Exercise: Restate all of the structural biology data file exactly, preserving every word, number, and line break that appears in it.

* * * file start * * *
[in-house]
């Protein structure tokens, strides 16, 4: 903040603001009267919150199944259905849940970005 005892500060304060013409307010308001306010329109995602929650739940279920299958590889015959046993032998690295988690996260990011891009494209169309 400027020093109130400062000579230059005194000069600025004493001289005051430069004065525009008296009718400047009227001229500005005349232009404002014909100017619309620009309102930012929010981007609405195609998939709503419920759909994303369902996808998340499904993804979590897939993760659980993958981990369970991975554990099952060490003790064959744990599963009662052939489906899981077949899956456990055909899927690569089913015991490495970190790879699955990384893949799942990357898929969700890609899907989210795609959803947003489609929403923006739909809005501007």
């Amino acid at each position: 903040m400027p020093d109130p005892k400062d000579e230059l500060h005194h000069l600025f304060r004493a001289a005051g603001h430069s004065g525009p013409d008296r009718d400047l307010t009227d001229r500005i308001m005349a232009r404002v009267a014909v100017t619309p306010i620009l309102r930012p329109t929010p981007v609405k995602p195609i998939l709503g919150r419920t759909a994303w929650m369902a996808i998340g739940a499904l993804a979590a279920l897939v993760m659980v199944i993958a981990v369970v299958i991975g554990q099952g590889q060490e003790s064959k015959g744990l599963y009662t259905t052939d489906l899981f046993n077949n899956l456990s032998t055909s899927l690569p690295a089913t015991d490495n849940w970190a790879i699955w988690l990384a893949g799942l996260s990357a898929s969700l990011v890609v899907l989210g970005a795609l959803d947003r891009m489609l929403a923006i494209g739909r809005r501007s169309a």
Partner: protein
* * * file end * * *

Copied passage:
[in-house]
């Protein structure tokens, strides 16, 4: 903040603001009267919150199944259905849940970005 005892500060304060013409307010308001306010329109995602929650739940279920299958590889015959046993032998690295988690996260990011891009494209169309 400027020093109130400062000579230059005194000069600025004493001289005051430069004065525009008296009718400047009227001229500005005349232009404002014909100017619309620009309102930012929010981007609405195609998939709503419920759909994303369902996808998340499904993804979590897939993760659980993958981990369970991975554990099952060490003790064959744990599963009662052939489906899981077949899956456990055909899927690569089913015991490495970190790879699955990384893949799942990357898929969700890609899907989210795609959803947003489609929403923006739909809005501007």
């Amino acid at each position: 903040m400027p020093d109130p005892k400062d000579e230059l500060h005194h000069l600025f304060r004493a001289a005051g603001h430069s004065g525009p013409d008296r009718d400047l307010t009227d001229r500005i308001m005349a232009r404002v009267a014909v100017t619309p306010i620009l309102r930012p329109t929010p981007v609405k995602p195609i998939l709503g919150r419920t759909a994303w929650m369902a996808i998340g739940a499904l993804a979590a279920l897939v993760m659980v199944i993958a981990v369970v299958i991975g554990q099952g590889q060490e003790s064959k015959g744990l599963y009662t259905t052939d489906l899981f046993n077949n899956l456990s032998t055909s899927l690569p690295a089913t015991d490495n849940w970190a790879i699955w988690l990384a893949g799942l996260s990357a898929s969700l990011v890609v899907l989210g970005a795609l959803d947003r891009m489609l929403a923006i494209g739909r809005r501007s169309a």
Partner: protein